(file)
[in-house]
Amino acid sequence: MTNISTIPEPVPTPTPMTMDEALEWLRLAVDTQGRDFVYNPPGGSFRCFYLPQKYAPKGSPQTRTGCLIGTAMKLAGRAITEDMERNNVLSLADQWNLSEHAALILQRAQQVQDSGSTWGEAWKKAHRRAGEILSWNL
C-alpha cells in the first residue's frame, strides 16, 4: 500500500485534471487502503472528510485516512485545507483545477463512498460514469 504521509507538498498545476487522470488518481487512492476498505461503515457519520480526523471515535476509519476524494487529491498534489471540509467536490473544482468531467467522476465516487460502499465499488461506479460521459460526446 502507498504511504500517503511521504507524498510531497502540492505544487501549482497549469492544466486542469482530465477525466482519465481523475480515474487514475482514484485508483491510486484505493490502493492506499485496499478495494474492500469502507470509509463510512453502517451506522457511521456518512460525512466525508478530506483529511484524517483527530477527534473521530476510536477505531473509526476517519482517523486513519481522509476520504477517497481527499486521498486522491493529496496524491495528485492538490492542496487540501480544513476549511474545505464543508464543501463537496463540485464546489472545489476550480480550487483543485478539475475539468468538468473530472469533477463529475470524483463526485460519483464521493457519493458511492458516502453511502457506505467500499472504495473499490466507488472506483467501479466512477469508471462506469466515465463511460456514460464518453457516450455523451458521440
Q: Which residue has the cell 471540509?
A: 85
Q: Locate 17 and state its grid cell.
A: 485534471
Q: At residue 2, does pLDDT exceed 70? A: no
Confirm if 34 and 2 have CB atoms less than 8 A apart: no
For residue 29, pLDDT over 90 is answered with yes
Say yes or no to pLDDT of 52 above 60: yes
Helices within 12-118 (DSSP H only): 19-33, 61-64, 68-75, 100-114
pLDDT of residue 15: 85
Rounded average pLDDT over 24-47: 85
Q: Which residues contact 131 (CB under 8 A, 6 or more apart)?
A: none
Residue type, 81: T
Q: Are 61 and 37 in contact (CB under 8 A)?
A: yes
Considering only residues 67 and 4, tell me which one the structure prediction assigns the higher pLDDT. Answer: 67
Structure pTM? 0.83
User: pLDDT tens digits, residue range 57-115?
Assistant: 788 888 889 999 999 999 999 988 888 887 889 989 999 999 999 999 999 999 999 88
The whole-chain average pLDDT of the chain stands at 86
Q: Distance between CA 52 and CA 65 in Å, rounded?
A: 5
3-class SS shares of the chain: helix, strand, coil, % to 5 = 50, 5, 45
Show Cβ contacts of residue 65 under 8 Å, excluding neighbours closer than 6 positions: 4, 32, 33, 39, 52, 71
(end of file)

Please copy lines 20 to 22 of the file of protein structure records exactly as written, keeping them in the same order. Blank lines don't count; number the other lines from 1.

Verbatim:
Considering only residues 67 and 4, tell me which one the structure prediction assigns the higher pLDDT. Answer: 67
Structure pTM? 0.83
User: pLDDT tens digits, residue range 57-115?